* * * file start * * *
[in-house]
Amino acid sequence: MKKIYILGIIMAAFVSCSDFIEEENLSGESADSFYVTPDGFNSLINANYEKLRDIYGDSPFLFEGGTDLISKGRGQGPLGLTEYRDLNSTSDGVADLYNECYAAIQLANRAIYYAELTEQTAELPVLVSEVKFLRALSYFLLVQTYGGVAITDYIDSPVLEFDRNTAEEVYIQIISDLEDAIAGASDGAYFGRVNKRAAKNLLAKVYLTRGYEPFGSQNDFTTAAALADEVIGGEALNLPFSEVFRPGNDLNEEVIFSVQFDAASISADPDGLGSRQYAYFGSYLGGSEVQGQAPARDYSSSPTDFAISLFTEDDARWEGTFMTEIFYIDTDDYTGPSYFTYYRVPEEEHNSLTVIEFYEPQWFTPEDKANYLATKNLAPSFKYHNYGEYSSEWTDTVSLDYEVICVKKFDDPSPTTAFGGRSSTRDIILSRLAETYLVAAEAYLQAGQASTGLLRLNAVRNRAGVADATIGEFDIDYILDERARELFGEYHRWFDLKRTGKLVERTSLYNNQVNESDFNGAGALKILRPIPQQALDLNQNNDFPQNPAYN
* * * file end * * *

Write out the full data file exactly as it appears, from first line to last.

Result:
[in-house]
Amino acid sequence: MKKIYILGIIMAAFVSCSDFIEEENLSGESADSFYVTPDGFNSLINANYEKLRDIYGDSPFLFEGGTDLISKGRGQGPLGLTEYRDLNSTSDGVADLYNECYAAIQLANRAIYYAELTEQTAELPVLVSEVKFLRALSYFLLVQTYGGVAITDYIDSPVLEFDRNTAEEVYIQIISDLEDAIAGASDGAYFGRVNKRAAKNLLAKVYLTRGYEPFGSQNDFTTAAALADEVIGGEALNLPFSEVFRPGNDLNEEVIFSVQFDAASISADPDGLGSRQYAYFGSYLGGSEVQGQAPARDYSSSPTDFAISLFTEDDARWEGTFMTEIFYIDTDDYTGPSYFTYYRVPEEEHNSLTVIEFYEPQWFTPEDKANYLATKNLAPSFKYHNYGEYSSEWTDTVSLDYEVICVKKFDDPSPTTAFGGRSSTRDIILSRLAETYLVAAEAYLQAGQASTGLLRLNAVRNRAGVADATIGEFDIDYILDERARELFGEYHRWFDLKRTGKLVERTSLYNNQVNESDFNGAGALKILRPIPQQALDLNQNNDFPQNPAYN